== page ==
Tuesday 7 July 2015

Why Apple Watch And Fitbit Will Not Meet Expectations

A lot of activity has taken place in the wearable devices (wearables) world in the last few weeks. Fitbit went public. Jawbone is suing Fitbit. Apple Watch went on sale (for real, this time). If you read the tech news, it might feel like the technology industry is working relentlessly to make you healthy. However, what we are seeing is a small step in a long journey toward changing people’s habits and adapting the healthcare system to new technologies before this technology can enable us to live healthier lives.
Broadly, wearables fall into two categories – medical and consumer. Medical devices  require FDA (a US government agency) approval to be used and consumer devices do not.  Non-medical devices companies and startups tend to focus on consumer wearables because it is an easier thing to do. Who wants to wait two or more years to see if what you are building will get approved by a government agency? Apple Watch and Fitbit both fall into the consumer wearables category. However, they are very different devices. Apple Watch is an accessory to the iPhone and can do a lot of things in addition to tracking your health. Fitbit’s wearable are mainly focused on tracking health although they have a few products that do other things like tell you when you get a phone call and offer the ability to read text messages on your wrist.
Apple Watch has been a disappointment. As I wrote last year, on my personal blog, Apple Watch is a triumph of function over form.  Now it is in the market,  we know that even the function is dysfunctional. Apple Watch eats up your iPhone battery and people were worried about the watch’s battery life. The digital crown is not even  close to the iPhone multi-touch interface in its intuitiveness. It is hard to see the actual time on the Apple Watch as the screen sometimes does not wake up with hand movement. The map function on the Apple Watch is difficult to use for walking directions. Having said all of this, the Apple Watch is the best smartwatch on  the market. Does that make it a useful and pleasing artifact to wear on your wrist? The most innovative thing Apple Watch offers is the bands for the watch. How they look and integrate with the watch photograph really well. Is that enough for you to buy one? Apple made the phone easier to use and now it is making the watch more difficult to use. Apple Watch will never achieve the adoption that iPhone has achieved.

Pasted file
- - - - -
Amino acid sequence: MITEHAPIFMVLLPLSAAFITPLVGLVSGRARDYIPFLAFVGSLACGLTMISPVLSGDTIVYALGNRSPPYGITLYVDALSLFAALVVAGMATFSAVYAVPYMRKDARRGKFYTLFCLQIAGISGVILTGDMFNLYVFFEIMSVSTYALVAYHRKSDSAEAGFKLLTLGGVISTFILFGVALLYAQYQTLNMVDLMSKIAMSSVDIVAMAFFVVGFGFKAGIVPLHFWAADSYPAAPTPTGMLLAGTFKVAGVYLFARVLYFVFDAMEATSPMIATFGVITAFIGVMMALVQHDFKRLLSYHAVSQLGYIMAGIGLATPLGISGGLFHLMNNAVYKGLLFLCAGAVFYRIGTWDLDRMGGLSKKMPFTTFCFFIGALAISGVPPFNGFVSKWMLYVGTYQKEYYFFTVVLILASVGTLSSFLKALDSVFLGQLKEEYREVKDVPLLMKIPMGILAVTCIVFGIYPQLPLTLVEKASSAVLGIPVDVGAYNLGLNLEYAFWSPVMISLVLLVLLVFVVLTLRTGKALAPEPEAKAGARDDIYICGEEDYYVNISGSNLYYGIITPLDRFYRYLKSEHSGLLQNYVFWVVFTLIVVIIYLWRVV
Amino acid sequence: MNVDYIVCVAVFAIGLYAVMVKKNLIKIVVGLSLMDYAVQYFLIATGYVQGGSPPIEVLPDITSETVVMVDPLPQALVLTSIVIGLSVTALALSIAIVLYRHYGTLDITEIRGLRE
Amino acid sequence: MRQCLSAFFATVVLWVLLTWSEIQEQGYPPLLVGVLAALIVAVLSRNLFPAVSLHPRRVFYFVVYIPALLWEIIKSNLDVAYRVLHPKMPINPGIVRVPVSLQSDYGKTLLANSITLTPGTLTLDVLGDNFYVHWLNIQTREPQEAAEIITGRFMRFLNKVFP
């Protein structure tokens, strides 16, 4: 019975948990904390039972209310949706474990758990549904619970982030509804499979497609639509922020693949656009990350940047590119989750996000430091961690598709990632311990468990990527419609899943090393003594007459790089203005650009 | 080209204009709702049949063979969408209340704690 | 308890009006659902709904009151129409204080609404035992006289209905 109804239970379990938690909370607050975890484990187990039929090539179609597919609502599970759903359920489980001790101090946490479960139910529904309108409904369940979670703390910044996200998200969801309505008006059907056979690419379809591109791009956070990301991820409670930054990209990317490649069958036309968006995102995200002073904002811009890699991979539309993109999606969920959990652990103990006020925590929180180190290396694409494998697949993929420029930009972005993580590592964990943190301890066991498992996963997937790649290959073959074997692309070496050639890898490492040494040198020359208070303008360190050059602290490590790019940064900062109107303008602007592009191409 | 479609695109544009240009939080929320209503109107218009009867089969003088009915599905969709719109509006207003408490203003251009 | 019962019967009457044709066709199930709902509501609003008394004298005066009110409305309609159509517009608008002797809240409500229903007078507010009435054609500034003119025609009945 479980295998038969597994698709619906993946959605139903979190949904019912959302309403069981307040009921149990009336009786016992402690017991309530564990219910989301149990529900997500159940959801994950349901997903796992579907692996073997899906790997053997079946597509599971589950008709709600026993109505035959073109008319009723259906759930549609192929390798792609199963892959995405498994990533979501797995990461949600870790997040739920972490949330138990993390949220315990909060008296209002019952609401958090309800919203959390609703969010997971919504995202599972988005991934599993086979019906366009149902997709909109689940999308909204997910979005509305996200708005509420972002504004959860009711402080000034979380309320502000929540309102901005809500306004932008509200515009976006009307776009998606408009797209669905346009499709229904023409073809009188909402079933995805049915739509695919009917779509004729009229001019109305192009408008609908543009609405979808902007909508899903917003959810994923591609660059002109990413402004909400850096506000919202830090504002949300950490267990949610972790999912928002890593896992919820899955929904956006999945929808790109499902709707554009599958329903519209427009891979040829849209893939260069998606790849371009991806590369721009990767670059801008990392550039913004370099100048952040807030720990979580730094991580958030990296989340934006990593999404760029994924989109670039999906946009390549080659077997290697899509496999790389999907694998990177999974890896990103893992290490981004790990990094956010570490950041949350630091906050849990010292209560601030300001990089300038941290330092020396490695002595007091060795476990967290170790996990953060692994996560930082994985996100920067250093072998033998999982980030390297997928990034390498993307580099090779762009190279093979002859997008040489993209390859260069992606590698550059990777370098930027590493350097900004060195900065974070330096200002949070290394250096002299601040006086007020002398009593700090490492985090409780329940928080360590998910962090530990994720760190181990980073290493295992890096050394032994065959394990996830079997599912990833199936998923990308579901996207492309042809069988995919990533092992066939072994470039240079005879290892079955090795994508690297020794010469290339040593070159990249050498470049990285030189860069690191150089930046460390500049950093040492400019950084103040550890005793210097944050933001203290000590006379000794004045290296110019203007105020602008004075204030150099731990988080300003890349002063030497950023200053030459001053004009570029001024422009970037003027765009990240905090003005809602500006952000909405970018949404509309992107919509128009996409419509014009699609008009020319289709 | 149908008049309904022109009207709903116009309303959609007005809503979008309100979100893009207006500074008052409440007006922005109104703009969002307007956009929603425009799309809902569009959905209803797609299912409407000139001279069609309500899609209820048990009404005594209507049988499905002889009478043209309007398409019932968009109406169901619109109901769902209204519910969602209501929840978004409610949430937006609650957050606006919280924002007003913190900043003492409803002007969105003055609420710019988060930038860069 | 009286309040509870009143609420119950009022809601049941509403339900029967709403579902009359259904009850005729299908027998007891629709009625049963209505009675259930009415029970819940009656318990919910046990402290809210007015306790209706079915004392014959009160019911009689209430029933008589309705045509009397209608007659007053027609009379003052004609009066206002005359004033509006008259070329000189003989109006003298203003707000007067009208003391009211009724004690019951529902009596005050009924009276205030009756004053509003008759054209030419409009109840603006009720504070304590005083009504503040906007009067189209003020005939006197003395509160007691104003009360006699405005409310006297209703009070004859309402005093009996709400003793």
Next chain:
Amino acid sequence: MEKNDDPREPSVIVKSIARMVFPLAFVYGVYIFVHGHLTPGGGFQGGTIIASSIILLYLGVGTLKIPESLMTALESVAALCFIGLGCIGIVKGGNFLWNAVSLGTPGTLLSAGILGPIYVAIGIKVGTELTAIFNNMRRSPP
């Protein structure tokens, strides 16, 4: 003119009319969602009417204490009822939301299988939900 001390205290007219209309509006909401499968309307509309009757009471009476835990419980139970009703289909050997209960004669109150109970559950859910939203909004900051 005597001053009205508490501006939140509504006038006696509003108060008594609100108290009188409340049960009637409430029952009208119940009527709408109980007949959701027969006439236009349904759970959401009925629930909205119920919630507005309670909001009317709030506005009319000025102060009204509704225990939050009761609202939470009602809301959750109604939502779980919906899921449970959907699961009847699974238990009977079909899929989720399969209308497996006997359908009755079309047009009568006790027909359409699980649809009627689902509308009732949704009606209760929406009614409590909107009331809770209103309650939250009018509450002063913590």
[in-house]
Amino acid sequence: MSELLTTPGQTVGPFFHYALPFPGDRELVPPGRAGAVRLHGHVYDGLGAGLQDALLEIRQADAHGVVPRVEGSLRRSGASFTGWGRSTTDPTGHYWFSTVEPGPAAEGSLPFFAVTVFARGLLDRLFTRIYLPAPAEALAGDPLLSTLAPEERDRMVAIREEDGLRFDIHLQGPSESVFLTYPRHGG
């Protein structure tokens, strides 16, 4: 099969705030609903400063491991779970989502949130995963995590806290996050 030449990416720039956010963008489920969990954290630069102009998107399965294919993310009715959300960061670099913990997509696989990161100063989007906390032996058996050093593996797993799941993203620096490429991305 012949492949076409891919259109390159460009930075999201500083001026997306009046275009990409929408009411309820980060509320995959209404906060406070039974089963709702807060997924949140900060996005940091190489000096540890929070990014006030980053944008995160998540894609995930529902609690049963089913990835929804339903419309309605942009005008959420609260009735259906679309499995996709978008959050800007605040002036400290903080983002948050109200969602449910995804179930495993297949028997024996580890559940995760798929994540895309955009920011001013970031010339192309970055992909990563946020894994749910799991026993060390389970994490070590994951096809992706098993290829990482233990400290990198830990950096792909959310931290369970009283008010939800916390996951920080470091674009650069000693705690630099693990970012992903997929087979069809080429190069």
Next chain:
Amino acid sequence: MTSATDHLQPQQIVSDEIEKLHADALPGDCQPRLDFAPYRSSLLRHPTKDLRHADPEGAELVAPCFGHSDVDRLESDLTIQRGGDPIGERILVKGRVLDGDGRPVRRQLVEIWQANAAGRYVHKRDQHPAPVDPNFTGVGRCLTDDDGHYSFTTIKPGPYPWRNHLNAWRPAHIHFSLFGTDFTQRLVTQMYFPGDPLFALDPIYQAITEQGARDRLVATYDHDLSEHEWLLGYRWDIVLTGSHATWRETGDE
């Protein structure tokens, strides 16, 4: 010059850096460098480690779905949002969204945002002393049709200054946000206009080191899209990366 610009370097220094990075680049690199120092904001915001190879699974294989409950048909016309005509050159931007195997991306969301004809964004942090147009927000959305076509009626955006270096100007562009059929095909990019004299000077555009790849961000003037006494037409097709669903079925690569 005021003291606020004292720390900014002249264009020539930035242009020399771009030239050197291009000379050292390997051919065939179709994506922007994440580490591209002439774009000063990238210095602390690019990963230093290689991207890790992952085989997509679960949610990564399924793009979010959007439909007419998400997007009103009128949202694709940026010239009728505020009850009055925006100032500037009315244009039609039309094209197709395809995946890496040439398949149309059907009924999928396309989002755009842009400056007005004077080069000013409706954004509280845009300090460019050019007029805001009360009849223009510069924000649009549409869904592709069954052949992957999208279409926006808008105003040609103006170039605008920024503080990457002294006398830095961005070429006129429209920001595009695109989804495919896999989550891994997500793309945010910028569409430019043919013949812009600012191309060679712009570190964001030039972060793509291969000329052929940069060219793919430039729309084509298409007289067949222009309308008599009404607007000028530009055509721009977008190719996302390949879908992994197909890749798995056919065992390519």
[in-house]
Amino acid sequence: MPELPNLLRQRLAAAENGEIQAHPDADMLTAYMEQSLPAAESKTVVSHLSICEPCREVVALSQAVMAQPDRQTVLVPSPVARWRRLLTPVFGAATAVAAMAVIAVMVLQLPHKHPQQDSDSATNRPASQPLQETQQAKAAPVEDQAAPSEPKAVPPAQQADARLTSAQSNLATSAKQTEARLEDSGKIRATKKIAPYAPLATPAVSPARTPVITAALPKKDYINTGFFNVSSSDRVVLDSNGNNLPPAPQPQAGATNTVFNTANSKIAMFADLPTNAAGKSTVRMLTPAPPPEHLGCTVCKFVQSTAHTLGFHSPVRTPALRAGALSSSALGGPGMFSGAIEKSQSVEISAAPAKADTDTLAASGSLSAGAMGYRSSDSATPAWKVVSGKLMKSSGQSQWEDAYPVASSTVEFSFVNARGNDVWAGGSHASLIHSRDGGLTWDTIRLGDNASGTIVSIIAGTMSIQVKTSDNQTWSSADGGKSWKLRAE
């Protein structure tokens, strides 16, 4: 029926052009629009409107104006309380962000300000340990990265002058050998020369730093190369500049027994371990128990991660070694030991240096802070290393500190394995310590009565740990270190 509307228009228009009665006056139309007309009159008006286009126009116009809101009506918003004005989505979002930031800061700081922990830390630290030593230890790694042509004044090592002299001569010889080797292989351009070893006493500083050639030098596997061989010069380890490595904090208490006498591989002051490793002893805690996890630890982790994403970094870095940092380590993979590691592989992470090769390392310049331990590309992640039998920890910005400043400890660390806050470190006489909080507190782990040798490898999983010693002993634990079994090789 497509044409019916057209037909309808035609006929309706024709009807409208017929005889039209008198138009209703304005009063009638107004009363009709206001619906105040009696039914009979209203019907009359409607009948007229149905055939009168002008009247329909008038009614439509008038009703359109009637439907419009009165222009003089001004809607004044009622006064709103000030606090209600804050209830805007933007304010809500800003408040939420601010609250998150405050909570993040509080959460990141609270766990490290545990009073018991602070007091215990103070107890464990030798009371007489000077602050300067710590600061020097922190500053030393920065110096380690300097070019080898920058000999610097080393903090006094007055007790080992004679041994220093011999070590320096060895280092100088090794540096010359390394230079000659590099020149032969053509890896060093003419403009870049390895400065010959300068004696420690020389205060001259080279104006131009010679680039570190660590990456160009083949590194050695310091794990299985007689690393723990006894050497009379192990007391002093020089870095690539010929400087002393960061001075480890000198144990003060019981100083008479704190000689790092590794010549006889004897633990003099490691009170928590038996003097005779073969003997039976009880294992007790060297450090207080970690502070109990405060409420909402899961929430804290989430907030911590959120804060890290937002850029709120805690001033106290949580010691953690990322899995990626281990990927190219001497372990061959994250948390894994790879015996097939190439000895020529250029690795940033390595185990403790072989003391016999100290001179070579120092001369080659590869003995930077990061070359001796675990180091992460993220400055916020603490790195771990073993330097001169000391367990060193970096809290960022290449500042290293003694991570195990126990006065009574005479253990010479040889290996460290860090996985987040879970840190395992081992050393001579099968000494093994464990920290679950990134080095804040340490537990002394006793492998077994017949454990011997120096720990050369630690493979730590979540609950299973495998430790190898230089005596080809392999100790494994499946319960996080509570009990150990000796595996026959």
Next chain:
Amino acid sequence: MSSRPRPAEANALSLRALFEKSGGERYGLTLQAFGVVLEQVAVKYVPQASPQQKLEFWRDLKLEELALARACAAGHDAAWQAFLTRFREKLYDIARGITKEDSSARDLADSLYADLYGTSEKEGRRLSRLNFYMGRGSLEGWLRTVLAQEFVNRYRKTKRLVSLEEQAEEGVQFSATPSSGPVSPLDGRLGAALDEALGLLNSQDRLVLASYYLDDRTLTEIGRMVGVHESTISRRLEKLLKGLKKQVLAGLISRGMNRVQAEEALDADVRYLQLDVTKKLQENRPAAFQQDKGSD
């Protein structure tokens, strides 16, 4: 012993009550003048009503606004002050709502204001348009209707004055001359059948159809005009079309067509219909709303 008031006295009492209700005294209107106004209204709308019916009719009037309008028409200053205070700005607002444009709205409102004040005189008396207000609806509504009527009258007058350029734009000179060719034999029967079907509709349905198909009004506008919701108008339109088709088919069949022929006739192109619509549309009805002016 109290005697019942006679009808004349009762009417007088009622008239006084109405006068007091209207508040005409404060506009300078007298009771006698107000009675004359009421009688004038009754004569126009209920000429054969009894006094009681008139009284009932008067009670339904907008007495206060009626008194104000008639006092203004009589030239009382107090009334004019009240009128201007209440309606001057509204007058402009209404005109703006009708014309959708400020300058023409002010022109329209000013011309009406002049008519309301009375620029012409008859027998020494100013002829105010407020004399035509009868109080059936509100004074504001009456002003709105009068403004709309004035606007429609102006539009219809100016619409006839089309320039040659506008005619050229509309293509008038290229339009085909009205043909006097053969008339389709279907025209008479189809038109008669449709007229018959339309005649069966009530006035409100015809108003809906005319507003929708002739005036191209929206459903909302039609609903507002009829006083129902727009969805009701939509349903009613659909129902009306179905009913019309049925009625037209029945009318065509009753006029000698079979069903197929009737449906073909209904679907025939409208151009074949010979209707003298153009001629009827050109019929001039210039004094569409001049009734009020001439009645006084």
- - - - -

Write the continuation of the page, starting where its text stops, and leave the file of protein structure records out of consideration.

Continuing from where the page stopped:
Fitbit is another story. Most of the products are simple and focused on activity tracking which basically means how often you move physically. However, with six products on the market, the brand lacks clear positioning. And, sooner or later they will face inventory management issues. Is Fitbit a fashion thing or is it a fitness thing? Having Tory Burch making Fitbit bracelets and Hollywood celebrity endorsements seem like they are more inclined towards Fashion. However, the Fitbit band does not look chic or sleek or cool.

A company whose stated mission is “Fitbit helps people lead healthier, more active lives by empowering them with data, inspiration, and guidance to reach their goals”. It defines a paid active user (see S1 page 57) as someone who has taken 100 steps in three months. How ironic?  If I am reading the S1 correctly, 39% (4.2M) of people  who bought a Fitbit in 2014 did not use it in last three months of the year. People buy the product and more than one third stop using it within a year or less. Given these data points, at $8.7B, the company is way overvalued. As neither fish nor fowl (fashion accessory nor healthful device), Fitbit must quickly find its true raison d’etre in the marketplace to justify its enormous valuation.
Apple (NASDAQ: AAPL) is currently valued at 15 times trailing twelve months earnings and Fitbit (NYSE: FIT) is currently valued at 90 times trailing twelve month earnings. 39% of Fitbit customers stop using the product within a year. Imagine where would Apple be if 39% of customers stop using their iPhones within the first year. For Apple, Apple Watch won’t effect the company earnings that much. And somehow, Fitbit stock is trading at six times the earning multiple of Apple. This is insane.
The real change in behavior will come when all the physical activity data we are generating gets integrated with our healthcare system and we start measuring inputs (food, air, environment, etc.) into our body and mental health in addition to output (physical activity).

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